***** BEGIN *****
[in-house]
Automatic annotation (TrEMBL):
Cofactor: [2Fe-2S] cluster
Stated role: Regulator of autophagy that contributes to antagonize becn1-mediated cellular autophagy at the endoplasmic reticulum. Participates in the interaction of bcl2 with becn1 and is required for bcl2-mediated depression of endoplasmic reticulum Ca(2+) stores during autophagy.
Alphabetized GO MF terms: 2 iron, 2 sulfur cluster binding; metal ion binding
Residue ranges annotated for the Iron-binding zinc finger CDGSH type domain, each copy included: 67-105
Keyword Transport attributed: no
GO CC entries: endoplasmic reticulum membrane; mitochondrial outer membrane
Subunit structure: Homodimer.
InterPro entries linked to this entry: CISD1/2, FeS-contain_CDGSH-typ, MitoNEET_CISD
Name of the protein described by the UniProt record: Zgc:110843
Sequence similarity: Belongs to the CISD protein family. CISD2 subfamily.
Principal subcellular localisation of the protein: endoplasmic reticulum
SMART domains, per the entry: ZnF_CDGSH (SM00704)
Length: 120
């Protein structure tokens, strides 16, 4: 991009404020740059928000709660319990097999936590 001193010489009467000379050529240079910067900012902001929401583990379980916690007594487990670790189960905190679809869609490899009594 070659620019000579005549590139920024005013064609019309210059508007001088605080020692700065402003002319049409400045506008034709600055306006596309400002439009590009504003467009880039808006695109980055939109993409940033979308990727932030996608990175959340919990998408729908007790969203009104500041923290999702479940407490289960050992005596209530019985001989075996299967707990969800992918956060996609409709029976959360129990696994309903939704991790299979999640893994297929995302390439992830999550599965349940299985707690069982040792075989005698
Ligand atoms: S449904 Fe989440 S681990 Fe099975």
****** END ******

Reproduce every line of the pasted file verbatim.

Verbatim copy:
[in-house]
Automatic annotation (TrEMBL):
Cofactor: [2Fe-2S] cluster
Stated role: Regulator of autophagy that contributes to antagonize becn1-mediated cellular autophagy at the endoplasmic reticulum. Participates in the interaction of bcl2 with becn1 and is required for bcl2-mediated depression of endoplasmic reticulum Ca(2+) stores during autophagy.
Alphabetized GO MF terms: 2 iron, 2 sulfur cluster binding; metal ion binding
Residue ranges annotated for the Iron-binding zinc finger CDGSH type domain, each copy included: 67-105
Keyword Transport attributed: no
GO CC entries: endoplasmic reticulum membrane; mitochondrial outer membrane
Subunit structure: Homodimer.
InterPro entries linked to this entry: CISD1/2, FeS-contain_CDGSH-typ, MitoNEET_CISD
Name of the protein described by the UniProt record: Zgc:110843
Sequence similarity: Belongs to the CISD protein family. CISD2 subfamily.
Principal subcellular localisation of the protein: endoplasmic reticulum
SMART domains, per the entry: ZnF_CDGSH (SM00704)
Length: 120
């Protein structure tokens, strides 16, 4: 991009404020740059928000709660319990097999936590 001193010489009467000379050529240079910067900012902001929401583990379980916690007594487990670790189960905190679809869609490899009594 070659620019000579005549590139920024005013064609019309210059508007001088605080020692700065402003002319049409400045506008034709600055306006596309400002439009590009504003467009880039808006695109980055939109993409940033979308990727932030996608990175959340919990998408729908007790969203009104500041923290999702479940407490289960050992005596209530019985001989075996299967707990969800992918956060996609409709029976959360129990696994309903939704991790299979999640893994297929995302390439992830999550599965349940299985707690069982040792075989005698
Ligand atoms: S449904 Fe989440 S681990 Fe099975």